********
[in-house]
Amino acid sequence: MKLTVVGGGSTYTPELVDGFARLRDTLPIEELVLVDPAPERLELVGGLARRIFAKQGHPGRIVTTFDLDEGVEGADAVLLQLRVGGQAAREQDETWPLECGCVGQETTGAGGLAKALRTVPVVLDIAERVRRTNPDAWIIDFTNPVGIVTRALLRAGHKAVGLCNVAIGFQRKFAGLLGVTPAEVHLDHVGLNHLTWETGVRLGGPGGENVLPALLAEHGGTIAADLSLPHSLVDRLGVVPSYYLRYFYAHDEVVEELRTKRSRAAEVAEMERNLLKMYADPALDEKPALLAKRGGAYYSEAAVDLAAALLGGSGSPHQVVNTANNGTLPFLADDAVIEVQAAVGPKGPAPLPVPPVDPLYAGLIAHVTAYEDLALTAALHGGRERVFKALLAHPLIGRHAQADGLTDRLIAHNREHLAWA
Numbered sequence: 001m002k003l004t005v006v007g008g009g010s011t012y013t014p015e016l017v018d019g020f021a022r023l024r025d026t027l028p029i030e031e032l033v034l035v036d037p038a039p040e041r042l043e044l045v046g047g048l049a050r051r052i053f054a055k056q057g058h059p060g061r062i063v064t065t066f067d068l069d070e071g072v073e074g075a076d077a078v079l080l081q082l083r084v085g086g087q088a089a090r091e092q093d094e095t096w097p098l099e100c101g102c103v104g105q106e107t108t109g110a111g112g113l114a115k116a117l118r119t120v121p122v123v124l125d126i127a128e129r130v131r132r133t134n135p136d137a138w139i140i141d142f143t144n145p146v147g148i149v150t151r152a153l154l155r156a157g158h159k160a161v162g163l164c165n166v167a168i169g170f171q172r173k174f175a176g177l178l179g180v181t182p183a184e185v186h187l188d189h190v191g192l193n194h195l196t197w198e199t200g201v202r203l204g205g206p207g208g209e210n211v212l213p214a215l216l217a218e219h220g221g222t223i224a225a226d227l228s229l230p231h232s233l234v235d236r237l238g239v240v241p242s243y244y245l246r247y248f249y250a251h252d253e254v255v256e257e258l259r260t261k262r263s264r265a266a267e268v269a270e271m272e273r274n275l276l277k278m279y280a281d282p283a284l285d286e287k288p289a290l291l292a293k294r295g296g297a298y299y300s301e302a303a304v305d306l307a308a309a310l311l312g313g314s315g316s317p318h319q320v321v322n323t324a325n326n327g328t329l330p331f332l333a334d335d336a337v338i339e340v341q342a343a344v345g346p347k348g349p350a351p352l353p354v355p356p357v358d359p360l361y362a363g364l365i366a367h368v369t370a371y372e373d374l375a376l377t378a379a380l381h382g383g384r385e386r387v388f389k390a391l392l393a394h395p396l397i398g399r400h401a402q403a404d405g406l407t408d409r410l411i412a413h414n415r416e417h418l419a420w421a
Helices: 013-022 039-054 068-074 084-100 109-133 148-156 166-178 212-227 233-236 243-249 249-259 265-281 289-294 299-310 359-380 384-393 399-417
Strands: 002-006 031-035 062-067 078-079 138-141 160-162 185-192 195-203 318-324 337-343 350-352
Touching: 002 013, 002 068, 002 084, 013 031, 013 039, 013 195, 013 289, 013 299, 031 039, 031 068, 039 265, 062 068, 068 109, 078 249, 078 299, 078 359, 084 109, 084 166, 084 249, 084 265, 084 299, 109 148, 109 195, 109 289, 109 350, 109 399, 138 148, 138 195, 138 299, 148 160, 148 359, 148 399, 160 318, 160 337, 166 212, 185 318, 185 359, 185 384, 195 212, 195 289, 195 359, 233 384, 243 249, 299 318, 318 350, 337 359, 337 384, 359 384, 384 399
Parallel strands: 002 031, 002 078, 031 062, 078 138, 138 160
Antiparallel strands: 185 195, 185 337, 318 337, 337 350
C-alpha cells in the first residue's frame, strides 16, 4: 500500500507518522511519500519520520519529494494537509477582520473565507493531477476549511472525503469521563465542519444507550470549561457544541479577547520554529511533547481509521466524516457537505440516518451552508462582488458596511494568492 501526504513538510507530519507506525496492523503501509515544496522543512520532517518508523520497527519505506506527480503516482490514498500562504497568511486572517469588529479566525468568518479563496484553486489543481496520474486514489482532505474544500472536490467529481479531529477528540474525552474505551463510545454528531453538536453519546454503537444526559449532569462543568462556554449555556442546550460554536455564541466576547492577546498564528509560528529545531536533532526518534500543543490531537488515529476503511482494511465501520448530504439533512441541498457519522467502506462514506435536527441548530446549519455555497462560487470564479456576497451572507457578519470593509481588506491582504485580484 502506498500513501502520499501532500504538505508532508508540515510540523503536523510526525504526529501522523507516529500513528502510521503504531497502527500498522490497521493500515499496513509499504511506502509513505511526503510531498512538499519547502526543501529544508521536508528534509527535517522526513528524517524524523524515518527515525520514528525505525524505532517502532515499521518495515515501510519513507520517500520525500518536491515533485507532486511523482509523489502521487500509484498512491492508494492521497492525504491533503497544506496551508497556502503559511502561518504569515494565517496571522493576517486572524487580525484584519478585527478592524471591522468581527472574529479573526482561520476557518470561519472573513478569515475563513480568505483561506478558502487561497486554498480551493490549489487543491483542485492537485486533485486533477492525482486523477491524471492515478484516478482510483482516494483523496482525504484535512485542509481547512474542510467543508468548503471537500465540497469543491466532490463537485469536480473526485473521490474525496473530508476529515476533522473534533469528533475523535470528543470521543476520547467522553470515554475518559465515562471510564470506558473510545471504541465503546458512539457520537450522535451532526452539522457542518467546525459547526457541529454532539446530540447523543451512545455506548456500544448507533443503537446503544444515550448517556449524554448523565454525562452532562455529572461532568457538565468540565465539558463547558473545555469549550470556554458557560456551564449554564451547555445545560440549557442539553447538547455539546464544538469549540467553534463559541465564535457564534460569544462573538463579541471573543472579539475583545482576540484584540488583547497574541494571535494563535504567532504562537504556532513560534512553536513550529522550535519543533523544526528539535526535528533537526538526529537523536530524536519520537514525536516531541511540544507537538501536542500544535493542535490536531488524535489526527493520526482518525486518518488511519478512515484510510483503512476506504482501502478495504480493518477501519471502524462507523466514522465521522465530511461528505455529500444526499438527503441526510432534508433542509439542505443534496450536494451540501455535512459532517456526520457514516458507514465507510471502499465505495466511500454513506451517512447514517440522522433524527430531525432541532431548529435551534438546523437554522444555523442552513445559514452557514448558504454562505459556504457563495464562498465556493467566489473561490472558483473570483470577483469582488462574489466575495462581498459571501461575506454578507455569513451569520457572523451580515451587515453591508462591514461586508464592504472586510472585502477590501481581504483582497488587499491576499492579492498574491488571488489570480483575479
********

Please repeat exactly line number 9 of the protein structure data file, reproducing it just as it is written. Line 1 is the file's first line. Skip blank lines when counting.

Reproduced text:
C-alpha cells in the first residue's frame, strides 16, 4: 500500500507518522511519500519520520519529494494537509477582520473565507493531477476549511472525503469521563465542519444507550470549561457544541479577547520554529511533547481509521466524516457537505440516518451552508462582488458596511494568492 501526504513538510507530519507506525496492523503501509515544496522543512520532517518508523520497527519505506506527480503516482490514498500562504497568511486572517469588529479566525468568518479563496484553486489543481496520474486514489482532505474544500472536490467529481479531529477528540474525552474505551463510545454528531453538536453519546454503537444526559449532569462543568462556554449555556442546550460554536455564541466576547492577546498564528509560528529545531536533532526518534500543543490531537488515529476503511482494511465501520448530504439533512441541498457519522467502506462514506435536527441548530446549519455555497462560487470564479456576497451572507457578519470593509481588506491582504485580484 502506498500513501502520499501532500504538505508532508508540515510540523503536523510526525504526529501522523507516529500513528502510521503504531497502527500498522490497521493500515499496513509499504511506502509513505511526503510531498512538499519547502526543501529544508521536508528534509527535517522526513528524517524524523524515518527515525520514528525505525524505532517502532515499521518495515515501510519513507520517500520525500518536491515533485507532486511523482509523489502521487500509484498512491492508494492521497492525504491533503497544506496551508497556502503559511502561518504569515494565517496571522493576517486572524487580525484584519478585527478592524471591522468581527472574529479573526482561520476557518470561519472573513478569515475563513480568505483561506478558502487561497486554498480551493490549489487543491483542485492537485486533485486533477492525482486523477491524471492515478484516478482510483482516494483523496482525504484535512485542509481547512474542510467543508468548503471537500465540497469543491466532490463537485469536480473526485473521490474525496473530508476529515476533522473534533469528533475523535470528543470521543476520547467522553470515554475518559465515562471510564470506558473510545471504541465503546458512539457520537450522535451532526452539522457542518467546525459547526457541529454532539446530540447523543451512545455506548456500544448507533443503537446503544444515550448517556449524554448523565454525562452532562455529572461532568457538565468540565465539558463547558473545555469549550470556554458557560456551564449554564451547555445545560440549557442539553447538547455539546464544538469549540467553534463559541465564535457564534460569544462573538463579541471573543472579539475583545482576540484584540488583547497574541494571535494563535504567532504562537504556532513560534512553536513550529522550535519543533523544526528539535526535528533537526538526529537523536530524536519520537514525536516531541511540544507537538501536542500544535493542535490536531488524535489526527493520526482518525486518518488511519478512515484510510483503512476506504482501502478495504480493518477501519471502524462507523466514522465521522465530511461528505455529500444526499438527503441526510432534508433542509439542505443534496450536494451540501455535512459532517456526520457514516458507514465507510471502499465505495466511500454513506451517512447514517440522522433524527430531525432541532431548529435551534438546523437554522444555523442552513445559514452557514448558504454562505459556504457563495464562498465556493467566489473561490472558483473570483470577483469582488462574489466575495462581498459571501461575506454578507455569513451569520457572523451580515451587515453591508462591514461586508464592504472586510472585502477590501481581504483582497488587499491576499492579492498574491488571488489570480483575479